DMT in Ayahuasca

Image retrieved from Banisteriopsis caapi on December 29, 2012.

"Ayahuasca is highly sophisticated jungle chemistry. The Amazonion potion usually consists of two ingredients, the bark of the ayahuasca vine (Banisteriopsis caapi, which grows in thick double-helix-shaped coils around rain forest trees) and the leaves of Psychotria viridis or some other plant. The vine contains a class of psychoactive and sedating drugs called beta-carbolines, which include harmine and harmaline. The leaves have dimethyltryptamine (DMT) in them,a highly potent hallucinogen that is also produced within the human body, found in the base of the spine and the brain. Although powerful when extracted and smoked, DMT is not orally active. Monoamine oxidase (MAO) enzymes in the gut breaks down before it reaches the brain. You can eat pounds of the stuff without feeling any effect. However, the beta-carbolines in the vine are natural MAO inhibitors, which mean they allow the DMT to work. The ayahuasca brew, according to Santo Daime, a Brazilian religion that takes yage as its sacrament, is a combination of the "force" of the vine and the "light" of the leaves.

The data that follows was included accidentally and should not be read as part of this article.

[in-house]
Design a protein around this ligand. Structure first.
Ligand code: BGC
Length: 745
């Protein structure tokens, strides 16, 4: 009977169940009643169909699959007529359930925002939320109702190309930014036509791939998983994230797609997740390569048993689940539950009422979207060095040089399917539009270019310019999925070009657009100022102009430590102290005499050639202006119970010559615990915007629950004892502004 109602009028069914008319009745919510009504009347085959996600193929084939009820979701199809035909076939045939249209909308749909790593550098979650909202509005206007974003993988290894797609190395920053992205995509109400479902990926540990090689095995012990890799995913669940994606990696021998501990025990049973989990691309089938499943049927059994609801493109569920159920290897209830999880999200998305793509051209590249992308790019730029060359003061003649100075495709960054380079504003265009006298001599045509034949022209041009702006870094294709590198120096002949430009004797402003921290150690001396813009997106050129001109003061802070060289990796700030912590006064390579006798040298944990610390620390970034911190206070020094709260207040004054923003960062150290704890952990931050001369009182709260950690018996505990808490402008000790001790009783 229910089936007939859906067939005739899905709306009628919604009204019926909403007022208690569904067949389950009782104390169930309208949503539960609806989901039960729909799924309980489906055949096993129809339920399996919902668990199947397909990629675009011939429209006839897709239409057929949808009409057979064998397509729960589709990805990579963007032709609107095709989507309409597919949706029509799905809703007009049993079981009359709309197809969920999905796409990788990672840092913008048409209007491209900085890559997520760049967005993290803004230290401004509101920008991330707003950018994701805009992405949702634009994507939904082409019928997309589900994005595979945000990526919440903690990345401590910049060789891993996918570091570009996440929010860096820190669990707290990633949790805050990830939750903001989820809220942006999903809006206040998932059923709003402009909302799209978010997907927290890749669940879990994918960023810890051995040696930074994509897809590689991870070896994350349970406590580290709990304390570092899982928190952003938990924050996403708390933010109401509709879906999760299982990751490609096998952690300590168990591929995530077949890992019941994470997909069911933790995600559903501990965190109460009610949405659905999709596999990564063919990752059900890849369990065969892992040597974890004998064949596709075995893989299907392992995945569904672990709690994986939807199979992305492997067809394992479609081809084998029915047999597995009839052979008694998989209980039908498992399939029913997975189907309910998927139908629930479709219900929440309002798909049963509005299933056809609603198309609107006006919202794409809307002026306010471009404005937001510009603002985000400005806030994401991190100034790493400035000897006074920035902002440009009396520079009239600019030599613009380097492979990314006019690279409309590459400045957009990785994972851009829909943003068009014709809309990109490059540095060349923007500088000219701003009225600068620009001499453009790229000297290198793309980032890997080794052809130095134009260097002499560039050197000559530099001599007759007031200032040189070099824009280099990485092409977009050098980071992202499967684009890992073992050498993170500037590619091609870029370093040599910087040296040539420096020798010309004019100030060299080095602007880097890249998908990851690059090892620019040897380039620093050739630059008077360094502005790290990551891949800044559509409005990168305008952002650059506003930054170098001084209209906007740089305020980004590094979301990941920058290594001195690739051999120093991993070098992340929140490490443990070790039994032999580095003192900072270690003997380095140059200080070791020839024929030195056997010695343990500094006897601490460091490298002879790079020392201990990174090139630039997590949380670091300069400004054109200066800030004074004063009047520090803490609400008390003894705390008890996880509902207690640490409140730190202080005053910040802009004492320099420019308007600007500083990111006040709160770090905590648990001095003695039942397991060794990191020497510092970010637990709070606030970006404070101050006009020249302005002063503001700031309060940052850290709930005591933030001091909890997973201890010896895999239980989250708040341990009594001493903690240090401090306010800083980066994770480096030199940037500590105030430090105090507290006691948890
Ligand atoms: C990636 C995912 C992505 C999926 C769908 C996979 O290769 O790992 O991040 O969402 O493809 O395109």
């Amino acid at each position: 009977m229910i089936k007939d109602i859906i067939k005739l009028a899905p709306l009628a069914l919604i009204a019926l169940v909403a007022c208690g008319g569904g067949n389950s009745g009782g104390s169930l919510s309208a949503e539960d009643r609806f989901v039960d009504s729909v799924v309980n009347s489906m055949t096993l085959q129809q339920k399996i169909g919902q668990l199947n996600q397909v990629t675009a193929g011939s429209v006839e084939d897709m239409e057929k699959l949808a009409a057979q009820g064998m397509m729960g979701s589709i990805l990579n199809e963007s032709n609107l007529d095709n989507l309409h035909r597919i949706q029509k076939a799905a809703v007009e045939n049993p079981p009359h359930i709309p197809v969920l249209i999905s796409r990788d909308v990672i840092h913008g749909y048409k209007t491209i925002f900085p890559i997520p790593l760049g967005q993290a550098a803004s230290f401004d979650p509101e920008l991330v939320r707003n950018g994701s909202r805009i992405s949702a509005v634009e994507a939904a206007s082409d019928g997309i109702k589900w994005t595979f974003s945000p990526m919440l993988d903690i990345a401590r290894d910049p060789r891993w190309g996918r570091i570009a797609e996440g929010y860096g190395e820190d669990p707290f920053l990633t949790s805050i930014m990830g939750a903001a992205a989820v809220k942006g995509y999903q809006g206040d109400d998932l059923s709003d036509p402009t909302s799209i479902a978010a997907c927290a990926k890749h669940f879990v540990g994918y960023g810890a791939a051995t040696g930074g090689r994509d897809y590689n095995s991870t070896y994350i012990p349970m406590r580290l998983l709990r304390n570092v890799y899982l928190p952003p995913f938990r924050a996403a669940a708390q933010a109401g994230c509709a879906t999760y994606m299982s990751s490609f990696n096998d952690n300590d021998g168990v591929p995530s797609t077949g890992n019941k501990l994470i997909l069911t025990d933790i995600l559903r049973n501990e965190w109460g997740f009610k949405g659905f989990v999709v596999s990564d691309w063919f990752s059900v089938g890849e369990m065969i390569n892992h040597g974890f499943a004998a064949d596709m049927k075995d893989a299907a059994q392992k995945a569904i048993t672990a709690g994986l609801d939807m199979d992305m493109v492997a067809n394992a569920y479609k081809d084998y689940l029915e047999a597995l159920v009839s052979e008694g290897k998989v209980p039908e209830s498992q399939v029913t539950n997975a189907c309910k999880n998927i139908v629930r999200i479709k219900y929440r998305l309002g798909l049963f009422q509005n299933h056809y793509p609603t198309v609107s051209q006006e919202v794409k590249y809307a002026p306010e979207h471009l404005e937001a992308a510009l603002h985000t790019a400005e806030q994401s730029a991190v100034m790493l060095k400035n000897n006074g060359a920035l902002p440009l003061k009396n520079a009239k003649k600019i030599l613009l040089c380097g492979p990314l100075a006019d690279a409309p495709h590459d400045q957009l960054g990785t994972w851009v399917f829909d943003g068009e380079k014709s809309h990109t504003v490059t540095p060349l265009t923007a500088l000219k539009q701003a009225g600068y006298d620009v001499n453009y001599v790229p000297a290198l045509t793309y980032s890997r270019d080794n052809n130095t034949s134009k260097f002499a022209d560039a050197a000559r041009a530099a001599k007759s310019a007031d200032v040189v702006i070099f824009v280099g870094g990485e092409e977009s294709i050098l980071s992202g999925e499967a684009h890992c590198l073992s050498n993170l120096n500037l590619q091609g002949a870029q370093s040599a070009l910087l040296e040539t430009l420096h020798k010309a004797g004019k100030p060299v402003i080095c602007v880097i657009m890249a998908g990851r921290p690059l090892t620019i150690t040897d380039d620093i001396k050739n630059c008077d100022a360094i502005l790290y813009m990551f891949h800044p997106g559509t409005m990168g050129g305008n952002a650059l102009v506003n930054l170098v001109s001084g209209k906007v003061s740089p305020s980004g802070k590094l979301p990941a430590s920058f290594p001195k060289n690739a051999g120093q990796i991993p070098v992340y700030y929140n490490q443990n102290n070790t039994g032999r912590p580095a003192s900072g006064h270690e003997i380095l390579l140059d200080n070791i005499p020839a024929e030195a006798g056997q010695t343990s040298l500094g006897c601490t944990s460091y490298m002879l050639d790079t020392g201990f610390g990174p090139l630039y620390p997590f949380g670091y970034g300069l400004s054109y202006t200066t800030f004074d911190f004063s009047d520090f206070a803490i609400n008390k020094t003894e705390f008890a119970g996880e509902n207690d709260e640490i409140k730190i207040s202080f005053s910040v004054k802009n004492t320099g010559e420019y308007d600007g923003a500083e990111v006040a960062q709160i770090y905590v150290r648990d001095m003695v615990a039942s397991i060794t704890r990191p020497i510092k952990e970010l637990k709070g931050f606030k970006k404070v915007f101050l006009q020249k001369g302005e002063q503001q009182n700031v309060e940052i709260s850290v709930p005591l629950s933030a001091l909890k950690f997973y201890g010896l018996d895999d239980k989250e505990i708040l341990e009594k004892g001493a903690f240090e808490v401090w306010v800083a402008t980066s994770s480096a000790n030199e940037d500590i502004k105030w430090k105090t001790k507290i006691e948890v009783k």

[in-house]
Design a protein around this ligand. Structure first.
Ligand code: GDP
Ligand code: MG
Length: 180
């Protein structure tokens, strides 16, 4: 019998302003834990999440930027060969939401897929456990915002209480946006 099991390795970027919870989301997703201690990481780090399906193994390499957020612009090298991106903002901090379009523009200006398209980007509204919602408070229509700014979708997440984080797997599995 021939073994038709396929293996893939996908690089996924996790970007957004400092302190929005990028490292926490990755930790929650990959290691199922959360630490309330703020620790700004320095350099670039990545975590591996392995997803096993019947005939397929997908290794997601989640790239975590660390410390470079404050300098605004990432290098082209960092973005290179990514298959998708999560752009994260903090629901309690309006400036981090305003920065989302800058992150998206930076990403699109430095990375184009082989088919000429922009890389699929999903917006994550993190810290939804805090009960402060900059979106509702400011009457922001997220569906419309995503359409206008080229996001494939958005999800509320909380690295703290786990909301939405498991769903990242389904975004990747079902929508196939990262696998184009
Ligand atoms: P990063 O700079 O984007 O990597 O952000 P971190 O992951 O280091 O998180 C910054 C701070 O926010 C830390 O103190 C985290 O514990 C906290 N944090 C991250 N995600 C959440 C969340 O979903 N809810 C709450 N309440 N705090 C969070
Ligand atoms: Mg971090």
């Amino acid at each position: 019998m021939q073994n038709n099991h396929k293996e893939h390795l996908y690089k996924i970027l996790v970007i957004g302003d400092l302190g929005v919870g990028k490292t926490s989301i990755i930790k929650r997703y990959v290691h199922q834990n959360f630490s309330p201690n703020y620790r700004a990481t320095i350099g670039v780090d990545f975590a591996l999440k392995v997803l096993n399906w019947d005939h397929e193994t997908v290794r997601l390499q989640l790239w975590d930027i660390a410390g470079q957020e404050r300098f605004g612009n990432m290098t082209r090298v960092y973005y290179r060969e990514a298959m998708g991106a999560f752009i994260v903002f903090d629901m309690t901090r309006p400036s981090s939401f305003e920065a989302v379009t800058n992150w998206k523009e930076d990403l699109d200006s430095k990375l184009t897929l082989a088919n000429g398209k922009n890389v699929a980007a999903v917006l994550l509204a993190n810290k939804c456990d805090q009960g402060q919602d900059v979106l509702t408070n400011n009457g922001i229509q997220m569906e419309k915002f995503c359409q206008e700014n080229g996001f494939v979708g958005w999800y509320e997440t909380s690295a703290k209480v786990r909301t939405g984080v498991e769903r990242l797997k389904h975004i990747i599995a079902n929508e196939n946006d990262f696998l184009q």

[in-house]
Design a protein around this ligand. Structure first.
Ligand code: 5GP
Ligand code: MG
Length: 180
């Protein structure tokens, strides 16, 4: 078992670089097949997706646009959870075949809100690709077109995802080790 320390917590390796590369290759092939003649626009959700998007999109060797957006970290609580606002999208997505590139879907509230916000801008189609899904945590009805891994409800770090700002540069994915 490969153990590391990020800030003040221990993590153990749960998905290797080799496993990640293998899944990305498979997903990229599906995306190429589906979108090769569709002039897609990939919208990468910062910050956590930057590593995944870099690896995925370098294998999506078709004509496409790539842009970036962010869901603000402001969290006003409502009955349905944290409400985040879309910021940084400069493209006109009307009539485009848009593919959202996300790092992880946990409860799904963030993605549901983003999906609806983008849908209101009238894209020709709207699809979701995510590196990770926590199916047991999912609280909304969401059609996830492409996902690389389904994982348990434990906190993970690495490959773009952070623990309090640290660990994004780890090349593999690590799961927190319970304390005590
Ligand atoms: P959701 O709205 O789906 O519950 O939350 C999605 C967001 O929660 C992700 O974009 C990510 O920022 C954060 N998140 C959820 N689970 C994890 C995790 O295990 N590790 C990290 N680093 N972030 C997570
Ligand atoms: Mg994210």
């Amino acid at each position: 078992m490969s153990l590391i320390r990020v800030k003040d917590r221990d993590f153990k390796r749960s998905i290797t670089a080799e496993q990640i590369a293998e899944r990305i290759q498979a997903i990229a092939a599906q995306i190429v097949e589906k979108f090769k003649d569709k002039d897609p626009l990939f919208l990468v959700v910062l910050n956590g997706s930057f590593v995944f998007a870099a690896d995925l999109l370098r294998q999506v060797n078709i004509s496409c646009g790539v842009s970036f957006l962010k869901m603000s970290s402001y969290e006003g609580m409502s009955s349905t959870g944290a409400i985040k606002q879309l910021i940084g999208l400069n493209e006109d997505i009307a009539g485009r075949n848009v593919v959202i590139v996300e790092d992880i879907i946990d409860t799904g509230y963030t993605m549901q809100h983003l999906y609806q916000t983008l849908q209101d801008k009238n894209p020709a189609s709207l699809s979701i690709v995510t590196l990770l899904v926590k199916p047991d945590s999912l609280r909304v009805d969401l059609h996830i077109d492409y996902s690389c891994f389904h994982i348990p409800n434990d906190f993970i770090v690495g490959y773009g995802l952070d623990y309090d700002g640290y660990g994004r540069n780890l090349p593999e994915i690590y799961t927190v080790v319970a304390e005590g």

DMT, smoked alone, creates a rapid-fire visionary experience, an overwhelming immersion in an extremely alien world that lasts less than ten minutes. the beta-carbolines, taken alone, create subtle, monochromatic hallucinations that are soft, warm and humanized. A friend of mine described seeing compassionate maternal faces floating above him after a strong dose. Mixed together in the ayahuasca brew, the beta-carbolines seem to have a pacifying and humanizing effect on the DMT visions, acting like an interface, and they stretch the experience out from a few minutes to a few hours. It is unknown how Indians, living among hundreds of thousands of plants in the forest, learned to combine these botanical ingredients, which are usually boiled together for several hours. The Indians say that the ayahuasca vine taught them how to do it."

-140-141 Breaking Open The Head: A Psychedelic Journey into the Heart of Contemporary Shamanism by Daniel Pinchbeck (2002)

Banisteriopsis caapi, ayahuasca, DMT